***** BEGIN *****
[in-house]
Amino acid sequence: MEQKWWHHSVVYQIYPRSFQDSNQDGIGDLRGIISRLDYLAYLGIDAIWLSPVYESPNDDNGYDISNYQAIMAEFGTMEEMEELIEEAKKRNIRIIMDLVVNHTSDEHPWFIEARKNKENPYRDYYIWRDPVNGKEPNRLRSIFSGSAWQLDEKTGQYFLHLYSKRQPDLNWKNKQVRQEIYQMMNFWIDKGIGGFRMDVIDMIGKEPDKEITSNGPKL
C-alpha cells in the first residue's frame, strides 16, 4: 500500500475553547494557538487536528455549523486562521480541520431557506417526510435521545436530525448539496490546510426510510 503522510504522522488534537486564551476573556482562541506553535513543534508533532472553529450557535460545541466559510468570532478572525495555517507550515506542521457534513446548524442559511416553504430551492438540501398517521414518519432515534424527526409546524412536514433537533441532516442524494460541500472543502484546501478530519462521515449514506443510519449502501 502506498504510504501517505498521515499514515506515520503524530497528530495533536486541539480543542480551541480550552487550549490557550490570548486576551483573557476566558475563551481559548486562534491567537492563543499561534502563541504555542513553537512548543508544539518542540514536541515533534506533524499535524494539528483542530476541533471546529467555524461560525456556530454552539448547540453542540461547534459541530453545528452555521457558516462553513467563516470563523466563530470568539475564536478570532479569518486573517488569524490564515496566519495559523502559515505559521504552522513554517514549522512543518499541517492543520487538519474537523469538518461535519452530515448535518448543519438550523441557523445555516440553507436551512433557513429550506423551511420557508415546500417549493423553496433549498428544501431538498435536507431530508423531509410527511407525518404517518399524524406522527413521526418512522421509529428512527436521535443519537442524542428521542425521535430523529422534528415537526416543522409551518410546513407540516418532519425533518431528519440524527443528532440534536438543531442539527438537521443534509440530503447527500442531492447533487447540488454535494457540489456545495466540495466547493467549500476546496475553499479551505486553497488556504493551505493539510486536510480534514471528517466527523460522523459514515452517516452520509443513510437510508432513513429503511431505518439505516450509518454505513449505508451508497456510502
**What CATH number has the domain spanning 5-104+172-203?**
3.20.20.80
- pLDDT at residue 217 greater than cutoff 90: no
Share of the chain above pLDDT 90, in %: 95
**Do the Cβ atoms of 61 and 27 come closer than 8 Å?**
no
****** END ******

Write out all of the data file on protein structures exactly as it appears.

[in-house]
Amino acid sequence: MEQKWWHHSVVYQIYPRSFQDSNQDGIGDLRGIISRLDYLAYLGIDAIWLSPVYESPNDDNGYDISNYQAIMAEFGTMEEMEELIEEAKKRNIRIIMDLVVNHTSDEHPWFIEARKNKENPYRDYYIWRDPVNGKEPNRLRSIFSGSAWQLDEKTGQYFLHLYSKRQPDLNWKNKQVRQEIYQMMNFWIDKGIGGFRMDVIDMIGKEPDKEITSNGPKL
C-alpha cells in the first residue's frame, strides 16, 4: 500500500475553547494557538487536528455549523486562521480541520431557506417526510435521545436530525448539496490546510426510510 503522510504522522488534537486564551476573556482562541506553535513543534508533532472553529450557535460545541466559510468570532478572525495555517507550515506542521457534513446548524442559511416553504430551492438540501398517521414518519432515534424527526409546524412536514433537533441532516442524494460541500472543502484546501478530519462521515449514506443510519449502501 502506498504510504501517505498521515499514515506515520503524530497528530495533536486541539480543542480551541480550552487550549490557550490570548486576551483573557476566558475563551481559548486562534491567537492563543499561534502563541504555542513553537512548543508544539518542540514536541515533534506533524499535524494539528483542530476541533471546529467555524461560525456556530454552539448547540453542540461547534459541530453545528452555521457558516462553513467563516470563523466563530470568539475564536478570532479569518486573517488569524490564515496566519495559523502559515505559521504552522513554517514549522512543518499541517492543520487538519474537523469538518461535519452530515448535518448543519438550523441557523445555516440553507436551512433557513429550506423551511420557508415546500417549493423553496433549498428544501431538498435536507431530508423531509410527511407525518404517518399524524406522527413521526418512522421509529428512527436521535443519537442524542428521542425521535430523529422534528415537526416543522409551518410546513407540516418532519425533518431528519440524527443528532440534536438543531442539527438537521443534509440530503447527500442531492447533487447540488454535494457540489456545495466540495466547493467549500476546496475553499479551505486553497488556504493551505493539510486536510480534514471528517466527523460522523459514515452517516452520509443513510437510508432513513429503511431505518439505516450509518454505513449505508451508497456510502
**What CATH number has the domain spanning 5-104+172-203?**
3.20.20.80
- pLDDT at residue 217 greater than cutoff 90: no
Share of the chain above pLDDT 90, in %: 95
**Do the Cβ atoms of 61 and 27 come closer than 8 Å?**
no